Florida Society of Ophthalmology reiterates the
importance of dilated eye exams in preventing vision loss
People with diabetes are at increased risk of developing serious eye diseases, yet most do not have sight-saving, annual eye exams, according to a large study conducted by the Wills Eye Hospital in collaboration with the Centers for Disease Control and Prevention. The Florida Society of Ophthalmology (FSO) and the American Academy of Ophthalmology are promoting an animated public service announcement highlighting the importance of regular eye exams during the month of November, which is observed as Diabetic Eye Disease Awareness Month.
Researchers at Wills Eye Hospital in Philadelphia, PA have found that more than half of patients with the disease skip these exams. They also discovered that patients who smoke – and those with less severe diabetes and no eye problems – were most likely to neglect having these checks.
The researchers reviewed the charts of close to 2,000 patients age 40 or older with type 1 and type 2 diabetes to see how many had regular eye exams. Their findings over a four-year period revealed that:
- Fifty-eight percent of patients did not have regular follow-up eye exams
- Smokers were 20 percent less likely to have exams
- Those with less-severe disease and no eye problems were least likely to follow recommendations
- Those who had diabetic retinopathy were 30 percent more likely to have follow-up exams
One in 10 Americans have diabetes, putting them at heightened risk for visual impairment due to the eye disease diabetic retinopathy. The disease also can lead to other blinding ocular complications if not treated in time. Fortunately, having a dilated eye exam yearly or more often can prevent 95 percent of diabetes-related vision loss.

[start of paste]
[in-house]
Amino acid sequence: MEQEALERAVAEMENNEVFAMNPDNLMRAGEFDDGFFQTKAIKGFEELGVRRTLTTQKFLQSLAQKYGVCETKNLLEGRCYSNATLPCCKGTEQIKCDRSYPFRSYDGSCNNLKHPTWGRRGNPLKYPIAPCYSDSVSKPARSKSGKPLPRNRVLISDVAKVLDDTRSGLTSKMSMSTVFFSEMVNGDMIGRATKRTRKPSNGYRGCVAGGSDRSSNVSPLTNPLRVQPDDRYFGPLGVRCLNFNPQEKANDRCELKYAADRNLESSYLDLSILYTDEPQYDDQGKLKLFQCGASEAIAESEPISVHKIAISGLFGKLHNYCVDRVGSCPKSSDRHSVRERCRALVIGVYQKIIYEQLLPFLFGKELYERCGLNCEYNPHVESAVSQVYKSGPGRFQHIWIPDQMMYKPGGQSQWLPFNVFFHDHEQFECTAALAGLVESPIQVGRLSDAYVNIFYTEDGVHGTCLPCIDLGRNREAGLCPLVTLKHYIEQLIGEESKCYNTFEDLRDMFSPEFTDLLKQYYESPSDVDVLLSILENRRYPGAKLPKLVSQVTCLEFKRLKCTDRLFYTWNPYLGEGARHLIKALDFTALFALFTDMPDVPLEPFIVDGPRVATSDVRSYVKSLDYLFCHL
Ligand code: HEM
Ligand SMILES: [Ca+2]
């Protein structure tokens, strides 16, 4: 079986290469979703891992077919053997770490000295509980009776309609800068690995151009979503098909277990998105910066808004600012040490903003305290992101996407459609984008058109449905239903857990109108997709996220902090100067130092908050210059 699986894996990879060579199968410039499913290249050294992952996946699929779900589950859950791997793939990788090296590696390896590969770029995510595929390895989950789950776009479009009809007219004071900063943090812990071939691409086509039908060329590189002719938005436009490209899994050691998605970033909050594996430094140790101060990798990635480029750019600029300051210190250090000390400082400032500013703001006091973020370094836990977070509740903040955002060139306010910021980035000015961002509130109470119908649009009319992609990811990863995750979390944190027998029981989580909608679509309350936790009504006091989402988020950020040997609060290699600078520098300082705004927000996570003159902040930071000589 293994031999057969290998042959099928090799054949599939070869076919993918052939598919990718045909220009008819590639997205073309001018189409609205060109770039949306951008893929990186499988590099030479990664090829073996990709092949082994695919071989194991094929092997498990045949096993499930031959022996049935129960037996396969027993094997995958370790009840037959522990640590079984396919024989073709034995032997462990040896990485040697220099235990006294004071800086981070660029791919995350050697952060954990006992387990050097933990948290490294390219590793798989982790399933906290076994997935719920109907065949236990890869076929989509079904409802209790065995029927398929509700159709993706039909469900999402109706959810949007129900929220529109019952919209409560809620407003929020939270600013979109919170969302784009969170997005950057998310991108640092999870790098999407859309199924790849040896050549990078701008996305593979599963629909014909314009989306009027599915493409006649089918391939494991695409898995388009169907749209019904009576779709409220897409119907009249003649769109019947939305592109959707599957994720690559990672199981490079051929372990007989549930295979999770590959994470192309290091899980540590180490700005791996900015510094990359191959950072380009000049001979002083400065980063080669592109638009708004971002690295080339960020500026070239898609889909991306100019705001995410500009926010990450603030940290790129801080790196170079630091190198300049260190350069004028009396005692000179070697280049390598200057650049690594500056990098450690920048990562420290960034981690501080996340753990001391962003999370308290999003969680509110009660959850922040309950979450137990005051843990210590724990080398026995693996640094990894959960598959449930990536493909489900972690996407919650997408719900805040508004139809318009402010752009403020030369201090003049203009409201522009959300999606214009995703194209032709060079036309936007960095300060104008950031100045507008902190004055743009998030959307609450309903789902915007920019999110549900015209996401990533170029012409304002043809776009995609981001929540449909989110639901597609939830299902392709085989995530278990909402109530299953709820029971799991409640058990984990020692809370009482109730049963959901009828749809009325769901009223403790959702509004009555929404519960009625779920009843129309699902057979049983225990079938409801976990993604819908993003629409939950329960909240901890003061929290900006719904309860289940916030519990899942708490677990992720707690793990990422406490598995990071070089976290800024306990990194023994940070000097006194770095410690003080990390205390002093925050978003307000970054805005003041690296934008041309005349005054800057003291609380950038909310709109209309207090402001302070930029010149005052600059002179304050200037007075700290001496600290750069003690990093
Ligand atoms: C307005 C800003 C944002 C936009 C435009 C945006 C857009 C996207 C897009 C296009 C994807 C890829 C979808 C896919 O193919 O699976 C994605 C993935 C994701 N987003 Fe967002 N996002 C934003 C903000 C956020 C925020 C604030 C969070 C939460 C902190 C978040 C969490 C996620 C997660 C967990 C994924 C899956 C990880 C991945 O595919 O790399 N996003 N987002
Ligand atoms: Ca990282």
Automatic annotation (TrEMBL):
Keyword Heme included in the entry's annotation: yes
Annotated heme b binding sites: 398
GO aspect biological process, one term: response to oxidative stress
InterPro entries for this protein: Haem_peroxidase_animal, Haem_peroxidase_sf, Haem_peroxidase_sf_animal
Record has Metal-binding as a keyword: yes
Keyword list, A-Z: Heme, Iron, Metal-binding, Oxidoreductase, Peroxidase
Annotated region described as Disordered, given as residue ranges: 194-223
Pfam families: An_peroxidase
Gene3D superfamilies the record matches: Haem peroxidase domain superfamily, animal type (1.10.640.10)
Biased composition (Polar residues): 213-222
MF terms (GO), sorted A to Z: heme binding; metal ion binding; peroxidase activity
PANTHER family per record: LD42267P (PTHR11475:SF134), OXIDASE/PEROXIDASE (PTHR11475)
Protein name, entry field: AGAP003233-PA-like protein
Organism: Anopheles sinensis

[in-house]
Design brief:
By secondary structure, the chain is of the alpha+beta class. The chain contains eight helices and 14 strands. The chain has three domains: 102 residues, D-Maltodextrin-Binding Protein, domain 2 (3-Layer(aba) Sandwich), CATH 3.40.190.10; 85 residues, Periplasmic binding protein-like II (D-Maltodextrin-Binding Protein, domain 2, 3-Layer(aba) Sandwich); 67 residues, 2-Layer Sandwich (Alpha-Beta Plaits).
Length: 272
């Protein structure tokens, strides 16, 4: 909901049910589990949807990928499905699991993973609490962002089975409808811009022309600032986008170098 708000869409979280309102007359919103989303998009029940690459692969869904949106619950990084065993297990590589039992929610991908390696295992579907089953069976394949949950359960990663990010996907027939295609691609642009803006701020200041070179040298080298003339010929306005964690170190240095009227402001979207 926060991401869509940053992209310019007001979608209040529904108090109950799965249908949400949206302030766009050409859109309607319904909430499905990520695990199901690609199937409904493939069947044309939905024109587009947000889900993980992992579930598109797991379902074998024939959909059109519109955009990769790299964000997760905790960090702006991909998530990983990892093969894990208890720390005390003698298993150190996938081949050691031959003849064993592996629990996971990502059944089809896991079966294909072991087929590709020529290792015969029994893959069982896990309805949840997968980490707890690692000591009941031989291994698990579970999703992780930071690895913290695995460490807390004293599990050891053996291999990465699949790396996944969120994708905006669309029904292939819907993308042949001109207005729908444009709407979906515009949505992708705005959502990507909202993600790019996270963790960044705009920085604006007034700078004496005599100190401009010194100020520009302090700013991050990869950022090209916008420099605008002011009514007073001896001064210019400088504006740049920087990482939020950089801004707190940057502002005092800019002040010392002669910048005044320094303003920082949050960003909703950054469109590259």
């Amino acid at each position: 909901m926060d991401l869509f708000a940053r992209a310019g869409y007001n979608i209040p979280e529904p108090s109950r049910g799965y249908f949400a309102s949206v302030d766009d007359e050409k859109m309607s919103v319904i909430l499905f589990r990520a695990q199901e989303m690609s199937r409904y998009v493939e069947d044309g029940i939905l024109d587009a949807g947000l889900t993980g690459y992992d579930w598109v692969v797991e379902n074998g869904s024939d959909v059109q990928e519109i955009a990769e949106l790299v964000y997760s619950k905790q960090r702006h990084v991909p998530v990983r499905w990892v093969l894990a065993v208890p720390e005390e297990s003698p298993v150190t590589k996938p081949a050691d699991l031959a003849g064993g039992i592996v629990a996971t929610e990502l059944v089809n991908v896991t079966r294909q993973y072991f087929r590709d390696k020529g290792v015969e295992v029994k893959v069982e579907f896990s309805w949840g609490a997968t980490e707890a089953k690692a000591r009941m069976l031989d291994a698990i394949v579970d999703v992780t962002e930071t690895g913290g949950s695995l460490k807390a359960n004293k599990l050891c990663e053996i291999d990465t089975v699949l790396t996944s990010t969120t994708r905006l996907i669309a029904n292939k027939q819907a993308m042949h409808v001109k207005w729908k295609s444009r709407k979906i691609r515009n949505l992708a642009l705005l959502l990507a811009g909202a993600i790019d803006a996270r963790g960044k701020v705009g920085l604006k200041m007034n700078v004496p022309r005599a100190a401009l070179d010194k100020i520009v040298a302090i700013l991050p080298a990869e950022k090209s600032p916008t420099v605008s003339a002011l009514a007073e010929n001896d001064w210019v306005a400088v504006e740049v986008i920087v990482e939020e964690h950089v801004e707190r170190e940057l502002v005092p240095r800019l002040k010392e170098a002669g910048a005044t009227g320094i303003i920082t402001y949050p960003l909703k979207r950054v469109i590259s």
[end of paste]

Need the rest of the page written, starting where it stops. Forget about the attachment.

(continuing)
Eye exams are critical as they can reveal hidden signs of disease, enabling timely treatment. This is why the American Academy of Ophthalmology and the Florida Society of Ophthalmology recommend people with diabetes have eye exams annually or more often as recommended by their ophthalmologist, a physician who specializes in comprehensive medical and surgical eye care.
“It’s vitally important that people with diabetes are fully aware that they should never put off getting an eye exam until they start experiencing problems,” said Sarah Wellik, MD, a Broward County ophthalmologist and President of the Florida Society of Ophthalmology. “Possessing this knowledge is a major step in helping to save their own eyesight,” Dr. Wellik added.
“Vision loss is tragic, especially when it is preventable,” said Ann P. Murchison, M.D., M.P.H., lead author of the study and director of the eye emergency department at Wills. “That’s why we want to raise awareness and ensure people with diabetes understand the importance of regular eye exams.”
According to Wellik, not all patients understand how diabetes impacts the eye and resulting vision loss. “A yearly eye exam is critical to catch the early signs of eye disease that patients may not be aware of so they can begin a treatment plan for vision preservation,” said Dr. Wellik.
About the Florida Society of Ophthalmology
The Florida Society of Ophthalmology is the state’s leading advocate for providing Floridians the highest standard of eye care. The FSO’s mission is to promote and protect the medical specialty of ophthalmology through active participation in legislative advocacy and providing continuing medical education and responsible information to its members, physicians, and the citizens of Florida. Please visit www.mdeye.org for more information.